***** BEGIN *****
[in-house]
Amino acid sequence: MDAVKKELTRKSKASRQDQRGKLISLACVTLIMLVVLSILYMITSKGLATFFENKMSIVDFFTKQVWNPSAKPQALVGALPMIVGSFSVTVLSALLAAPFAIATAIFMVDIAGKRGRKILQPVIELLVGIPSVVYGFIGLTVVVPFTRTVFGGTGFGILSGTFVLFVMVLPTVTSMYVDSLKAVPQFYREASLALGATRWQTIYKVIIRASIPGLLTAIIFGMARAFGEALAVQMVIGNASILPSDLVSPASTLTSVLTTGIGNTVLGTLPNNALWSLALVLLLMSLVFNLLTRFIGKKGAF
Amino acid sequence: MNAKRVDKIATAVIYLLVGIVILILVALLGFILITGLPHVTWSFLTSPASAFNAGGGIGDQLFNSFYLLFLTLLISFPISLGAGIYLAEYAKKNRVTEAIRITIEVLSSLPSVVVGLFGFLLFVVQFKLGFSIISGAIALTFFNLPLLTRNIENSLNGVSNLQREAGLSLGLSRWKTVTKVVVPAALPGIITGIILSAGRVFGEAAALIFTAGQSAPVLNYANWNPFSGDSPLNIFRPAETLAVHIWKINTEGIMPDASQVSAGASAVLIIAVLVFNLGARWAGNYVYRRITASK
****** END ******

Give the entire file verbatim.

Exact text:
[in-house]
Amino acid sequence: MDAVKKELTRKSKASRQDQRGKLISLACVTLIMLVVLSILYMITSKGLATFFENKMSIVDFFTKQVWNPSAKPQALVGALPMIVGSFSVTVLSALLAAPFAIATAIFMVDIAGKRGRKILQPVIELLVGIPSVVYGFIGLTVVVPFTRTVFGGTGFGILSGTFVLFVMVLPTVTSMYVDSLKAVPQFYREASLALGATRWQTIYKVIIRASIPGLLTAIIFGMARAFGEALAVQMVIGNASILPSDLVSPASTLTSVLTTGIGNTVLGTLPNNALWSLALVLLLMSLVFNLLTRFIGKKGAF
Amino acid sequence: MNAKRVDKIATAVIYLLVGIVILILVALLGFILITGLPHVTWSFLTSPASAFNAGGGIGDQLFNSFYLLFLTLLISFPISLGAGIYLAEYAKKNRVTEAIRITIEVLSSLPSVVVGLFGFLLFVVQFKLGFSIISGAIALTFFNLPLLTRNIENSLNGVSNLQREAGLSLGLSRWKTVTKVVVPAALPGIITGIILSAGRVFGEAAALIFTAGQSAPVLNYANWNPFSGDSPLNIFRPAETLAVHIWKINTEGIMPDASQVSAGASAVLIIAVLVFNLGARWAGNYVYRRITASK